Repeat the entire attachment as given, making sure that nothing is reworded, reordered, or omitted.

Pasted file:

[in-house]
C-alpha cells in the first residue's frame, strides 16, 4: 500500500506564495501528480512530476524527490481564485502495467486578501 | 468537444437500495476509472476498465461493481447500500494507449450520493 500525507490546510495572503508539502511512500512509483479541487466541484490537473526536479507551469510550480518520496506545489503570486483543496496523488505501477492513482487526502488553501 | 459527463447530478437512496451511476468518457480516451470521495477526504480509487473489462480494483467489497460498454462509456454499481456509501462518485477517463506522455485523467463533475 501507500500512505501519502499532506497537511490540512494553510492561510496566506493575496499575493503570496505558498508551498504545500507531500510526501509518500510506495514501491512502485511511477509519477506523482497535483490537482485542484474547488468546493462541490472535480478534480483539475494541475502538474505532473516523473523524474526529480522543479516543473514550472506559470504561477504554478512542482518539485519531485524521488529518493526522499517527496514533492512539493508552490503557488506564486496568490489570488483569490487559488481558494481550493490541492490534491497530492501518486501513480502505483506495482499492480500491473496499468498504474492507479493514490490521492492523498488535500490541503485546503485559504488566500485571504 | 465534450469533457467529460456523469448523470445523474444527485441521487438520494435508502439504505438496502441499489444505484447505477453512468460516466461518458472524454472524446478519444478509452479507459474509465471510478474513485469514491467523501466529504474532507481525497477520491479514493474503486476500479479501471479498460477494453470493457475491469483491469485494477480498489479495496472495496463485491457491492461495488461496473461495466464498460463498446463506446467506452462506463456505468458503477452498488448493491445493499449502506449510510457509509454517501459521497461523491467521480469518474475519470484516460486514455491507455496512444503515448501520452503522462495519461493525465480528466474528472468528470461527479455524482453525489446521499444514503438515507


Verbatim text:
[in-house]
C-alpha cells in the first residue's frame, strides 16, 4: 500500500506564495501528480512530476524527490481564485502495467486578501 | 468537444437500495476509472476498465461493481447500500494507449450520493 500525507490546510495572503508539502511512500512509483479541487466541484490537473526536479507551469510550480518520496506545489503570486483543496496523488505501477492513482487526502488553501 | 459527463447530478437512496451511476468518457480516451470521495477526504480509487473489462480494483467489497460498454462509456454499481456509501462518485477517463506522455485523467463533475 501507500500512505501519502499532506497537511490540512494553510492561510496566506493575496499575493503570496505558498508551498504545500507531500510526501509518500510506495514501491512502485511511477509519477506523482497535483490537482485542484474547488468546493462541490472535480478534480483539475494541475502538474505532473516523473523524474526529480522543479516543473514550472506559470504561477504554478512542482518539485519531485524521488529518493526522499517527496514533492512539493508552490503557488506564486496568490489570488483569490487559488481558494481550493490541492490534491497530492501518486501513480502505483506495482499492480500491473496499468498504474492507479493514490490521492492523498488535500490541503485546503485559504488566500485571504 | 465534450469533457467529460456523469448523470445523474444527485441521487438520494435508502439504505438496502441499489444505484447505477453512468460516466461518458472524454472524446478519444478509452479507459474509465471510478474513485469514491467523501466529504474532507481525497477520491479514493474503486476500479479501471479498460477494453470493457475491469483491469485494477480498489479495496472495496463485491457491492461495488461496473461495466464498460463498446463506446467506452462506463456505468458503477452498488448493491445493499449502506449510510457509509454517501459521497461523491467521480469518474475519470484516460486514455491507455496512444503515448501520452503522462495519461493525465480528466474528472468528470461527479455524482453525489446521499444514503438515507